Irish spirits industry calls for post-Brexit GI protection

21st February, 2018 by Amy Hopkins

Irish producers have further stressed the importance of protecting ‘all-island’ geographical indication (GI) spirits, which can be made in both Northern Ireland and the Republic of Ireland, after Brexit.

Irish spirits Brexit

Ireland’s ‘all-island’ spirits are “uniquely exposed to Brexit”

Trade body the Alcohol Beverage Federation of Ireland (ABFI) stressed it is “vital that the same level of legal recognition and enforcement remains in place” for Irish whiskey, Irish cream liqueurs and Poitín after the UK leaves the European Union.

The association has said Ireland’s drinks industry “faces unique risks associated with regulatory divergence and trade border controls after a hard Brexit”, since the Republic of Ireland will remain part of the EU, while Northern Ireland will leave the bloc.

“Post-Brexit, these three Irish spirits GIs will be the only ones to carry such protections where production takes place both in the EU and outside the EU,” commented Patricia Callan, director of the ABFI.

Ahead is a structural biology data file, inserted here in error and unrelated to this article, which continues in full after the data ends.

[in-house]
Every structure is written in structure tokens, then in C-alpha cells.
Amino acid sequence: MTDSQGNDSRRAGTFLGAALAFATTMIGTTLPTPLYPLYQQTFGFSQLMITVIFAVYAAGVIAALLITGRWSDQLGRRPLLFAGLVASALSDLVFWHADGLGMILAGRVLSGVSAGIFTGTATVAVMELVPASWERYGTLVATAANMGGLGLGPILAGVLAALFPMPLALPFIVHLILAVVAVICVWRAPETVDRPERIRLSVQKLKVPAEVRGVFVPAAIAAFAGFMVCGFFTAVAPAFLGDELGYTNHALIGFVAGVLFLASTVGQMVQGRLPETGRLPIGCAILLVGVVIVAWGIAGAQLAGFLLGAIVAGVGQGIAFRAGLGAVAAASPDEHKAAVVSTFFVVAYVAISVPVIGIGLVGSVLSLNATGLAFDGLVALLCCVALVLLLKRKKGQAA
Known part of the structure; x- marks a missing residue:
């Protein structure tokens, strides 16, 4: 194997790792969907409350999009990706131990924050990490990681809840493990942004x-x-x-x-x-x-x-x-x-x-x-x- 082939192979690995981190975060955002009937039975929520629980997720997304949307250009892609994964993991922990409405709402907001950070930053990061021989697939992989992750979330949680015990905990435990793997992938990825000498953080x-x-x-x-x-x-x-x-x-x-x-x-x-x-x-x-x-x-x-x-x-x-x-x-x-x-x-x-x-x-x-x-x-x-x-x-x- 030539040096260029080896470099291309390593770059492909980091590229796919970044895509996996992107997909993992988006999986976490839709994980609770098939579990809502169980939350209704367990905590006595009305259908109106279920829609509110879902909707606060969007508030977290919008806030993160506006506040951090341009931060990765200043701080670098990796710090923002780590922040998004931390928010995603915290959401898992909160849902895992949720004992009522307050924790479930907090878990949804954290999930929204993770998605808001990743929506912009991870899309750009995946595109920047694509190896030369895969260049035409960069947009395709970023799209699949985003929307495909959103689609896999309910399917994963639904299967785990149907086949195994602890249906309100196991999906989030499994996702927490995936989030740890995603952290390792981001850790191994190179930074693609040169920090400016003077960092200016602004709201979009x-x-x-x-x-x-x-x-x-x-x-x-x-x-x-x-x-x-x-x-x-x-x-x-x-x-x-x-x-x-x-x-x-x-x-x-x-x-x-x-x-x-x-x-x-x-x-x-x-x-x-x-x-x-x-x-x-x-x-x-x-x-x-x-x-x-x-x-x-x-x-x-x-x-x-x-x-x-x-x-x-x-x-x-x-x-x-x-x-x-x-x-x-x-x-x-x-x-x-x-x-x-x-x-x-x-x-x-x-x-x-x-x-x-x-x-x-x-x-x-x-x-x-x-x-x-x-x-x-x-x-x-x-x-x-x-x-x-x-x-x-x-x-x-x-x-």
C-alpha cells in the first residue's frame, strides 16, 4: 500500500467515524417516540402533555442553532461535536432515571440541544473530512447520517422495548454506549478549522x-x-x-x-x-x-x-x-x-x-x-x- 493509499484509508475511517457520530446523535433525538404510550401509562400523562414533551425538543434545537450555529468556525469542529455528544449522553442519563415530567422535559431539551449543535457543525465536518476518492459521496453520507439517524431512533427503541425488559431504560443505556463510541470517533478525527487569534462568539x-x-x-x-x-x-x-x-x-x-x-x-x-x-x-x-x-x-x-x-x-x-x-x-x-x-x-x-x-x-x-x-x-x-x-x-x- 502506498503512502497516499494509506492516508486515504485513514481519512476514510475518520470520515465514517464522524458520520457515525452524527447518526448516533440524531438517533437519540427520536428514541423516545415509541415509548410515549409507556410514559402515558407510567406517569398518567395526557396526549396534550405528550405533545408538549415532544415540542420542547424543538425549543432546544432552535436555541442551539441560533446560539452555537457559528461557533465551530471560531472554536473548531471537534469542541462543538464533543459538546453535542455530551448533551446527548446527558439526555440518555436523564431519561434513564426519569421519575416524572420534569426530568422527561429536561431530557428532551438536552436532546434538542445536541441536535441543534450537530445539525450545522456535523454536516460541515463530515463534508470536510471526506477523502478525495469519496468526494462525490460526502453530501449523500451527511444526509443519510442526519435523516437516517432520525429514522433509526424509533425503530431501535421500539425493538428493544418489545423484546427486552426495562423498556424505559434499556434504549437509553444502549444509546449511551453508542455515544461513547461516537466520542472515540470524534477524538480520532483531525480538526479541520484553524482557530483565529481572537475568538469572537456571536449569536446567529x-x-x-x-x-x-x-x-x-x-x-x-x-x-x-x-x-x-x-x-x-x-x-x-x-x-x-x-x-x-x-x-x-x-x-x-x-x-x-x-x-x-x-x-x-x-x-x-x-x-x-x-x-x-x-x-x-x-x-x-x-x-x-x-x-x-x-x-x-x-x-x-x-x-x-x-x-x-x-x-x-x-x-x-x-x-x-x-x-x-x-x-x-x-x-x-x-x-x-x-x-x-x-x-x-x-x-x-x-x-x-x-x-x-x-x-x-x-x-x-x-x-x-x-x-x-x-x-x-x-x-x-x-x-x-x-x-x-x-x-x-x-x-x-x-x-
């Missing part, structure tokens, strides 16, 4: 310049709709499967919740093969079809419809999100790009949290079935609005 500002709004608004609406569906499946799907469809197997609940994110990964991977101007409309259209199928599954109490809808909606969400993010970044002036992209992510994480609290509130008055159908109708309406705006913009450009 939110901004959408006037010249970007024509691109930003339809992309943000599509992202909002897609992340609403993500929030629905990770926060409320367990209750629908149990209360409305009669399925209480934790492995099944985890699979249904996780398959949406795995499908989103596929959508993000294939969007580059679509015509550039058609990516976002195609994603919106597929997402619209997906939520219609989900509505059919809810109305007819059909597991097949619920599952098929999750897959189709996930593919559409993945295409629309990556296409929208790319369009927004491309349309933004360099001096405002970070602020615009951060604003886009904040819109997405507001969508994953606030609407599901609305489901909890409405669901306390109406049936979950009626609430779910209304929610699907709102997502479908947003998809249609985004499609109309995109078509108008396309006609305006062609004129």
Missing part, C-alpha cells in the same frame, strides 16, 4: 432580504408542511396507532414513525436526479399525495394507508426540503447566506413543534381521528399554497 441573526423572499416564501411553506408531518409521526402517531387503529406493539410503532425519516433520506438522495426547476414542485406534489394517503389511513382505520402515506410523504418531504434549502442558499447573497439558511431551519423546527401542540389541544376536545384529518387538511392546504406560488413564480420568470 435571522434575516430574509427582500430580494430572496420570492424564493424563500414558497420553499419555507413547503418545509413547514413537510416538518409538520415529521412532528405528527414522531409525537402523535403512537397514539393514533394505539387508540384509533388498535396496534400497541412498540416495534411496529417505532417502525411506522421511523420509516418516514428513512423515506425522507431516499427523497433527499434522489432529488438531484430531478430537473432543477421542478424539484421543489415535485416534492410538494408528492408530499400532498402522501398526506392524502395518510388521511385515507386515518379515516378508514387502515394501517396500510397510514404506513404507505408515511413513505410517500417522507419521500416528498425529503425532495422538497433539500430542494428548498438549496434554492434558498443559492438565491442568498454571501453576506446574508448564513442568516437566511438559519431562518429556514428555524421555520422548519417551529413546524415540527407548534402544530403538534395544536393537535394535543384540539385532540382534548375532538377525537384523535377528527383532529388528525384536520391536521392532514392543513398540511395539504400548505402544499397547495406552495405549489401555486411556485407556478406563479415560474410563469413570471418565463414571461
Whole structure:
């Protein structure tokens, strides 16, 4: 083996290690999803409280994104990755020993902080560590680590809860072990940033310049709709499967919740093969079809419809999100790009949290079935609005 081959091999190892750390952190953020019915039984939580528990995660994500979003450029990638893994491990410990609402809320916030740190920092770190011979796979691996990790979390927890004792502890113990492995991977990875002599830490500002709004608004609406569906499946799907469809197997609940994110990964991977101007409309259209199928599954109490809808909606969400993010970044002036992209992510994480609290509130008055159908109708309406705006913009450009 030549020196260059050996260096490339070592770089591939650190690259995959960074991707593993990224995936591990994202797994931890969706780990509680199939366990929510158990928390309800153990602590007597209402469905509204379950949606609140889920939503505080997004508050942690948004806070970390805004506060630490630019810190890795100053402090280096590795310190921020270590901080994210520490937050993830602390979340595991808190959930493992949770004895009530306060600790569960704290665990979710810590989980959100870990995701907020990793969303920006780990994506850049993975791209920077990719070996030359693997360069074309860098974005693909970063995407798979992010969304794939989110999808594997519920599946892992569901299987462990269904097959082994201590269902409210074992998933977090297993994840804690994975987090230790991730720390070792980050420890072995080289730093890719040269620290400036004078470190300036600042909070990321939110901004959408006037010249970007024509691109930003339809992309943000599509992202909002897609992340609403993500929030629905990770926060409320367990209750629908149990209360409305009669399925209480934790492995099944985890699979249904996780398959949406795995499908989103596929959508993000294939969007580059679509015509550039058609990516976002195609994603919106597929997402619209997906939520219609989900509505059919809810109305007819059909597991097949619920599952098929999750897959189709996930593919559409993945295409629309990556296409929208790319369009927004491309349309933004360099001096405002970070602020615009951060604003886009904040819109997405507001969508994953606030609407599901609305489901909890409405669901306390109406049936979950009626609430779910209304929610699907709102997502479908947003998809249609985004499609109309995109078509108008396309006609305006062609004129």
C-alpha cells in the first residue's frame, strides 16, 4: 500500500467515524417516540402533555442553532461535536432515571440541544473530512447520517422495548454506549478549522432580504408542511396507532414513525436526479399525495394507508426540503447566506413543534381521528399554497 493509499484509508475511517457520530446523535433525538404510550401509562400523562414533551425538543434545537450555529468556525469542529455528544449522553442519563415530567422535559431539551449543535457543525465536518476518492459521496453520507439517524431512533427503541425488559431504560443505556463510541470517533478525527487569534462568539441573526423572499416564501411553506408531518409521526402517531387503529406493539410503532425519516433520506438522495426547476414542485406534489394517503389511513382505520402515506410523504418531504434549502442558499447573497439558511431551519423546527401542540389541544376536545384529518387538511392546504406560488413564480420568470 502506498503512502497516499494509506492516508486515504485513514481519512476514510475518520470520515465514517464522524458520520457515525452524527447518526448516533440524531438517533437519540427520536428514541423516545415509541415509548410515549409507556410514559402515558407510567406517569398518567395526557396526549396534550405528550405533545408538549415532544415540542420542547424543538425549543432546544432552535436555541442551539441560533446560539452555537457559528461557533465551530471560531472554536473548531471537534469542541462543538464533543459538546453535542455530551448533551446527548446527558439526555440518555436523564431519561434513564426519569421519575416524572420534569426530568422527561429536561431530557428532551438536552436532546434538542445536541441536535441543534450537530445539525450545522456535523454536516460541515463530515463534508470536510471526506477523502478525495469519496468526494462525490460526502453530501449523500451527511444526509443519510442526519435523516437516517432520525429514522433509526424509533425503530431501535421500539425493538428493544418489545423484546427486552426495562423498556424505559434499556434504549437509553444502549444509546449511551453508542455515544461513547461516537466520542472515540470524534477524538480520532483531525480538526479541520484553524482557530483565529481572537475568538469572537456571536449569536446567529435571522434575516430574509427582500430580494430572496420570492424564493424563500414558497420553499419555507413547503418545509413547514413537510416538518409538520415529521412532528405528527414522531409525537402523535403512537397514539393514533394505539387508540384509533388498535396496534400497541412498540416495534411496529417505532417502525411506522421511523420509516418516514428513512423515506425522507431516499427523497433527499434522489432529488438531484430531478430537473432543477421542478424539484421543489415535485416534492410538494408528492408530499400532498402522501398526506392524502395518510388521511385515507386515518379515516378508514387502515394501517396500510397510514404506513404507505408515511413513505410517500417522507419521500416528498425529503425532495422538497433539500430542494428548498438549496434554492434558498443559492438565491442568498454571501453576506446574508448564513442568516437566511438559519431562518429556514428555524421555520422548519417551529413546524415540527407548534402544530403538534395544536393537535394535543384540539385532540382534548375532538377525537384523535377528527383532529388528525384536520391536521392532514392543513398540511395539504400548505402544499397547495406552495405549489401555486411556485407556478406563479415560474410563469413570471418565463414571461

“With this in mind, it’s vital that the same level of legal recognition and enforcement remains in place for these three spirits after Brexit, as any regulatory divergence could result in the serious undermining of standards and protection of these products.”

Callan also called for the final EU-UK agreement to state that GI spirits produced in Ireland can continue to be labelled ‘Product of Ireland’.

“We would also call on the UK Government to ensure that any future trade agreements negotiated with countries outside the EU should include a requirement recognising and protecting the GI of the three all-island spirits,” she said.

If a hard border was to be reintroduced between Northern Ireland and the Republic after Brexit, this could also have a significant negative impact on the drinks industry supply chain, leading to “delays, costs and bureaucracy”, the ABFI said.

The UK and EU have committed to avoiding a hard border, but the ABFI wants “these commitments to be fully translated into robust legal form as part of the withdrawal agreement”.

For more information on how Brexit could impact Ireland’s spirits industry, see our in-depth report on the topic.

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